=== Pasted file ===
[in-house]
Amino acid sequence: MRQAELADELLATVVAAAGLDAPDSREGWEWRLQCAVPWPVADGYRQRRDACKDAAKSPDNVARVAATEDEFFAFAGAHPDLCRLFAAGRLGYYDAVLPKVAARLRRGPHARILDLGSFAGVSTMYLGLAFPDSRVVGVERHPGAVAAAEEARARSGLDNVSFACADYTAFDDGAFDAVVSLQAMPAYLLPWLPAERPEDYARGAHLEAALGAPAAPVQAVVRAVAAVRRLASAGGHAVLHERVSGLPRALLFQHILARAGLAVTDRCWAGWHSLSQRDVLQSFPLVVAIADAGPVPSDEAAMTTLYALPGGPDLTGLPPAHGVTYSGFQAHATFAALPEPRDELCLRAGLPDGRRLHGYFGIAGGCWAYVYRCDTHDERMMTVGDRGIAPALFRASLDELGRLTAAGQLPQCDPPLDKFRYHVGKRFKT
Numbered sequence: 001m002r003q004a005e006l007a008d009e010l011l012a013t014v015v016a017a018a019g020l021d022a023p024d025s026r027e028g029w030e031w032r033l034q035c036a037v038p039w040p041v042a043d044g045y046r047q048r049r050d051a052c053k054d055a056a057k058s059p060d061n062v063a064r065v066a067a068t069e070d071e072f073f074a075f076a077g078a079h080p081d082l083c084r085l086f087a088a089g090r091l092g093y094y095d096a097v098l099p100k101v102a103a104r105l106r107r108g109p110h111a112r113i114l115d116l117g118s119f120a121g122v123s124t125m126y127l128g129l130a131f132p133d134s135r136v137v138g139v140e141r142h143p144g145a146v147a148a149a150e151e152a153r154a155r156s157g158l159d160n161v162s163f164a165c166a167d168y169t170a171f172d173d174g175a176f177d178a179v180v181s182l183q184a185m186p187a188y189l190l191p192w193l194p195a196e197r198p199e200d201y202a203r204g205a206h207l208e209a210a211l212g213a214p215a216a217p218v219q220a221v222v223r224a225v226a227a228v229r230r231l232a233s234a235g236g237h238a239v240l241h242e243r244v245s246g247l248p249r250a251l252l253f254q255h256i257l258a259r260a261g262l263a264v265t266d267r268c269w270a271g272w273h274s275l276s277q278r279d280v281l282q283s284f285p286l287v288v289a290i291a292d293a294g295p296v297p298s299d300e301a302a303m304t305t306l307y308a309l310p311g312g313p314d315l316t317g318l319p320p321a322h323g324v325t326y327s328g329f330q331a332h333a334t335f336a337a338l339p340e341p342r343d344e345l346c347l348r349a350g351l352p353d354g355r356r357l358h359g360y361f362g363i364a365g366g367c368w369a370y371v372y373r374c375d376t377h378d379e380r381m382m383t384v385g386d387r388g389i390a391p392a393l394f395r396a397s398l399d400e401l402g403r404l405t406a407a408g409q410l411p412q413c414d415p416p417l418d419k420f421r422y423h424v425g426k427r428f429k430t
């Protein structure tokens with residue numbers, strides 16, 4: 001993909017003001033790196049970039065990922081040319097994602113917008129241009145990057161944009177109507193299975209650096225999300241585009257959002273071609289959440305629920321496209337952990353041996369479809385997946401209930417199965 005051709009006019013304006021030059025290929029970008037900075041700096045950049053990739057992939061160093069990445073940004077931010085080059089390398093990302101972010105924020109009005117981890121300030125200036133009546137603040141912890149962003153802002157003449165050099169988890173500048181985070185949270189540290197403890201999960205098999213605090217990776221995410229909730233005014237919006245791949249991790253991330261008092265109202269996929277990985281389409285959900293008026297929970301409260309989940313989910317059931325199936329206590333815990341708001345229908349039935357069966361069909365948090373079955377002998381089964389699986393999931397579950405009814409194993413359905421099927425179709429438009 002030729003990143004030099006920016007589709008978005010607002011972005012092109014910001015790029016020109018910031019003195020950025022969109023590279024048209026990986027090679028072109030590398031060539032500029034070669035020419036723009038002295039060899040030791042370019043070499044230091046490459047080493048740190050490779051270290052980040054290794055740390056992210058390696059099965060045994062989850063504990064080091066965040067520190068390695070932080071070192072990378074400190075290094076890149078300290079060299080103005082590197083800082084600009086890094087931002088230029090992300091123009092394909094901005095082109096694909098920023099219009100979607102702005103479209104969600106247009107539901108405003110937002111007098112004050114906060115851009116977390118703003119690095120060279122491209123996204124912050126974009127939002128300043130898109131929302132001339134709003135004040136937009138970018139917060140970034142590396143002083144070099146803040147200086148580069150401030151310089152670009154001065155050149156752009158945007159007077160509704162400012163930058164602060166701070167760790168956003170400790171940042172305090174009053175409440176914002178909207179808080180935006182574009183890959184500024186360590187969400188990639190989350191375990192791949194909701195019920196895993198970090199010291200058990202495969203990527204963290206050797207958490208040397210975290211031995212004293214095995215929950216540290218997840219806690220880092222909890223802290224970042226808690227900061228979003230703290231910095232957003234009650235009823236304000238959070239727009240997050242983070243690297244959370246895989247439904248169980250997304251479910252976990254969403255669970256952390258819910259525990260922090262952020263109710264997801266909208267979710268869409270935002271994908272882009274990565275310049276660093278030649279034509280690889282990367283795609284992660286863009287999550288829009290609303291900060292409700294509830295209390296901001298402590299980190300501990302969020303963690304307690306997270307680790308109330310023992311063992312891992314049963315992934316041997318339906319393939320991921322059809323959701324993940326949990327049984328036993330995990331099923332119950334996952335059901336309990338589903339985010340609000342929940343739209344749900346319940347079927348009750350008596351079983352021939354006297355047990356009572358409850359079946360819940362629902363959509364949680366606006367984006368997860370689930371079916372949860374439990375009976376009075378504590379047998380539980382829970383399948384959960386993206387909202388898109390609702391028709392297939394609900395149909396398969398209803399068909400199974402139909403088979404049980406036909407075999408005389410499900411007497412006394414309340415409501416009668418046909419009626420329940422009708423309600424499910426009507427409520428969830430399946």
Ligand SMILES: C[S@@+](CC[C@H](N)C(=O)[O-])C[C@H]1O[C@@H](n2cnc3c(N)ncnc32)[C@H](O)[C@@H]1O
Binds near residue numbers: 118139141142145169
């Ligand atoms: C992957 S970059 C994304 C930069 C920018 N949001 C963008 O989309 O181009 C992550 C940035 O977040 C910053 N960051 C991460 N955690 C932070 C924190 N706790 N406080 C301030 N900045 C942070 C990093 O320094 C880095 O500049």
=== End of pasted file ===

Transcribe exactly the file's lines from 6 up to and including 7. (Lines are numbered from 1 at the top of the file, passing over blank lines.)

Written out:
Binds near residue numbers: 118139141142145169
């Ligand atoms: C992957 S970059 C994304 C930069 C920018 N949001 C963008 O989309 O181009 C992550 C940035 O977040 C910053 N960051 C991460 N955690 C932070 C924190 N706790 N406080 C301030 N900045 C942070 C990093 O320094 C880095 O500049």